By Lexi Walters Wright
When discussions between you and your child with learning and attention issues get heated, it’s important to remain respectful—and expect respect in return. Here’s how to make your point and teach healthy communication skills.
Shouting “Stop screaming at me!” when you’re arguing with your child might confuse him and make things worse. Instead, try this: The louder he gets, the softer the tone you use to respond. That demonstrates that raising your voice isn’t the way to solve problems. And it can make you both feel calmer. If your child has trouble with social cues like voice pitch and tone, once the tension has eased you can point out how your softer approach helped.
Sometimes there’s no room for negotiation on an issue. In these cases, use a calm, businesslike tone and quietly repeat what you expect from your child. “Sorry, but when you hit, you sit.” No matter how he reacts, just calmly repeat the same phrase as many times as it takes. Eventually, your message will sink in. This may be especially useful with kids who have trouble remembering or paying attention to rules.
Find out how repeating instructions helped one mom finally get her child to listen.
When there is room for negotiation, certain phrases can turn an argument into a conversation:
“What if you got 20 minutes of iPad time before homework?”
“Could we try to … ” or “Would you be willing to give this a shot for a week and then see if it’s working?”
“I wonder what you think is the best time to do your homework each day?”
Using these simple, short phrases is particularly helpful for kids who have receptive language issues or trouble focusing.
Being clear about what you want is important. And using your child’s name when giving directions gets his attention and makes your message more personal. These things can be especially helpful for kids with listening comprehension issues. Instead of saying, “The Xbox belongs to the whole family!” try, “Tommy, I’d like you to give your brother a turn now.”
Could you defuse the situation with a little silliness? Rather than yelling (again) for your distracted (or hyperactive) toddler to sit still so you can brush his teeth, try creatively coaxing him. “Quick, Nathan, I see Elmo in your mouth and I need to brush him out. Oh, and Cookie Monster, too!” Or, “You can choose what we’re having for dessert every night this week if I don’t have to remind you to set the table.”
If you feel you’re going to lose control, call a time-out: “Let’s both calm down. In 30 minutes, we can see if we’re ready to talk again.” Then each of you can retreat to different rooms to cool off and self-reflect. (Self-reflection can be a tricky skill for a kid with learning and attention issues, but seeing you model the behavior can help him learn.) If you’re in public, tell him that the conversation is on pause until you get in the car or make it home.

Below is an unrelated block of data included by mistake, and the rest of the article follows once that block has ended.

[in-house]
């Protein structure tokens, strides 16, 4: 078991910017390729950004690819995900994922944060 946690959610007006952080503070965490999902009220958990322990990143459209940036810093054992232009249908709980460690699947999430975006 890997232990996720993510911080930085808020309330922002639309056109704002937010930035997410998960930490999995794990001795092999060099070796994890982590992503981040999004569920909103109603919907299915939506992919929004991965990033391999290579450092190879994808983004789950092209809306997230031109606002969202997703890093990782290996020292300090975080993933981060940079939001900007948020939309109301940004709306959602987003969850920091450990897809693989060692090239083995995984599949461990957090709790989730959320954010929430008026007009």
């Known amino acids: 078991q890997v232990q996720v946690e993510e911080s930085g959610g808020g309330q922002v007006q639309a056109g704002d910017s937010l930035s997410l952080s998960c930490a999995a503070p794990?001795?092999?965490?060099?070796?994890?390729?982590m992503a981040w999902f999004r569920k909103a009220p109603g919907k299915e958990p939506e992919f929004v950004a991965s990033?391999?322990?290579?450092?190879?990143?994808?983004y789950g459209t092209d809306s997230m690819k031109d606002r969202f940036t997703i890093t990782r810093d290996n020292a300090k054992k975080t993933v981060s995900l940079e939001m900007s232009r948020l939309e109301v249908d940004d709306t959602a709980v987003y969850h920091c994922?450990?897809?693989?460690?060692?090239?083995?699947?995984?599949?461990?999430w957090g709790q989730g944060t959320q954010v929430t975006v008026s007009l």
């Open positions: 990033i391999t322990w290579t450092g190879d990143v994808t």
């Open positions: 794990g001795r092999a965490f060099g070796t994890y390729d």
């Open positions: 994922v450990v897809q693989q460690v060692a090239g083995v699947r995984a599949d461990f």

Stopping the discussion from escalating is the best way to keep from yelling. After all, it takes two people to argue. And unlike most kids, you have the self-awareness to stop and consider: “Is what I’m about to say going to help or hurt this situation? What about how I’m about to say it?” As the parent, you can choose to stop an argument in its tracks. You have the power to disengage, redirect or re-start the conversation in a more productive way.
Without question, parenting a child with learning and attention issues presents unique challenges. It can help to be connected to other parents who’ve been there. Use our community to share your experiences and find families like yours. They may be able to offer insights, ideas and suggestions based on their experiences. And just having someone who understands to vent with may help you stay calm when an argument with your child is brewing.
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Do you handle the majority of activities surrounding your child’s learning and attention issues? Do you wish your partner played a bigger role? Follow these tips for encouraging a reluctant partner to be more involved.
Lexi Walters Wright is veteran writer and editor who helps parents make more informed choices for their children and for themselves.
Rayma Griffin, M.Ed., has spent 40 years working with children with learning and attention issues in the classroom and as an administrator.
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